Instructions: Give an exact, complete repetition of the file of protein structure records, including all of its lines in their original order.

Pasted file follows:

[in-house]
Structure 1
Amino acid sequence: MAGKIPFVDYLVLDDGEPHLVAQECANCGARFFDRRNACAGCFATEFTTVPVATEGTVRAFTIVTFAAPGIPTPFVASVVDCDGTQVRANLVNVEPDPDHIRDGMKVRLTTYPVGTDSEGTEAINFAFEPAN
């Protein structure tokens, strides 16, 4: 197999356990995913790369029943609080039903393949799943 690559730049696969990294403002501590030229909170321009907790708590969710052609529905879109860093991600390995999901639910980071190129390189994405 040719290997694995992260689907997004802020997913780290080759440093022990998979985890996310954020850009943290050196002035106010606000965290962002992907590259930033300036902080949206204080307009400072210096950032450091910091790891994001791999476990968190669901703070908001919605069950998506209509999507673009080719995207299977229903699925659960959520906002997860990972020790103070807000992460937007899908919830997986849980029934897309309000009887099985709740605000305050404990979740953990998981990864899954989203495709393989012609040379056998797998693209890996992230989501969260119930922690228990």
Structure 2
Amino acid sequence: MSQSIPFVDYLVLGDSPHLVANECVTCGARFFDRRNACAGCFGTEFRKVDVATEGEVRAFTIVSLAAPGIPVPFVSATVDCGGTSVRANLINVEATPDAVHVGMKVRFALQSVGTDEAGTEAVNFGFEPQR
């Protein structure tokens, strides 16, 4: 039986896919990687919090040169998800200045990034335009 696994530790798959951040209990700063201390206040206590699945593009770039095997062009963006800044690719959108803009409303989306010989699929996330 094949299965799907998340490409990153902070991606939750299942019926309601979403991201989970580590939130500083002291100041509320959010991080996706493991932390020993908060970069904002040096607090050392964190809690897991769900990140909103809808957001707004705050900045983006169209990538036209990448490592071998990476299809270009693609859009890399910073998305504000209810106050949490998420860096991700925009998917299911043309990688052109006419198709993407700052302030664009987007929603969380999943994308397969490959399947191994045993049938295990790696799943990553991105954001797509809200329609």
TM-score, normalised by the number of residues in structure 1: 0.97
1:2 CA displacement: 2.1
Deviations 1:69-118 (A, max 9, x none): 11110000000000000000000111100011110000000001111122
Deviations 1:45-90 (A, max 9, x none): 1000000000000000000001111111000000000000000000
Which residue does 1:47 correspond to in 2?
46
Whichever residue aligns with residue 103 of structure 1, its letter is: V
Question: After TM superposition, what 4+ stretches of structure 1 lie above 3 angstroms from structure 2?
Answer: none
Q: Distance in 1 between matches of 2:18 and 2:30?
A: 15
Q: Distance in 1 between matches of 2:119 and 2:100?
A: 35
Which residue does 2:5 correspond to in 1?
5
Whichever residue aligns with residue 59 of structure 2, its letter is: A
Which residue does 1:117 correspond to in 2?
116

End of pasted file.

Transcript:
[in-house]
Structure 1
Amino acid sequence: MAGKIPFVDYLVLDDGEPHLVAQECANCGARFFDRRNACAGCFATEFTTVPVATEGTVRAFTIVTFAAPGIPTPFVASVVDCDGTQVRANLVNVEPDPDHIRDGMKVRLTTYPVGTDSEGTEAINFAFEPAN
């Protein structure tokens, strides 16, 4: 197999356990995913790369029943609080039903393949799943 690559730049696969990294403002501590030229909170321009907790708590969710052609529905879109860093991600390995999901639910980071190129390189994405 040719290997694995992260689907997004802020997913780290080759440093022990998979985890996310954020850009943290050196002035106010606000965290962002992907590259930033300036902080949206204080307009400072210096950032450091910091790891994001791999476990968190669901703070908001919605069950998506209509999507673009080719995207299977229903699925659960959520906002997860990972020790103070807000992460937007899908919830997986849980029934897309309000009887099985709740605000305050404990979740953990998981990864899954989203495709393989012609040379056998797998693209890996992230989501969260119930922690228990």
Structure 2
Amino acid sequence: MSQSIPFVDYLVLGDSPHLVANECVTCGARFFDRRNACAGCFGTEFRKVDVATEGEVRAFTIVSLAAPGIPVPFVSATVDCGGTSVRANLINVEATPDAVHVGMKVRFALQSVGTDEAGTEAVNFGFEPQR
């Protein structure tokens, strides 16, 4: 039986896919990687919090040169998800200045990034335009 696994530790798959951040209990700063201390206040206590699945593009770039095997062009963006800044690719959108803009409303989306010989699929996330 094949299965799907998340490409990153902070991606939750299942019926309601979403991201989970580590939130500083002291100041509320959010991080996706493991932390020993908060970069904002040096607090050392964190809690897991769900990140909103809808957001707004705050900045983006169209990538036209990448490592071998990476299809270009693609859009890399910073998305504000209810106050949490998420860096991700925009998917299911043309990688052109006419198709993407700052302030664009987007929603969380999943994308397969490959399947191994045993049938295990790696799943990553991105954001797509809200329609």
TM-score, normalised by the number of residues in structure 1: 0.97
1:2 CA displacement: 2.1
Deviations 1:69-118 (A, max 9, x none): 11110000000000000000000111100011110000000001111122
Deviations 1:45-90 (A, max 9, x none): 1000000000000000000001111111000000000000000000
Which residue does 1:47 correspond to in 2?
46
Whichever residue aligns with residue 103 of structure 1, its letter is: V
Question: After TM superposition, what 4+ stretches of structure 1 lie above 3 angstroms from structure 2?
Answer: none
Q: Distance in 1 between matches of 2:18 and 2:30?
A: 15
Q: Distance in 1 between matches of 2:119 and 2:100?
A: 35
Which residue does 2:5 correspond to in 1?
5
Whichever residue aligns with residue 59 of structure 2, its letter is: A
Which residue does 1:117 correspond to in 2?
116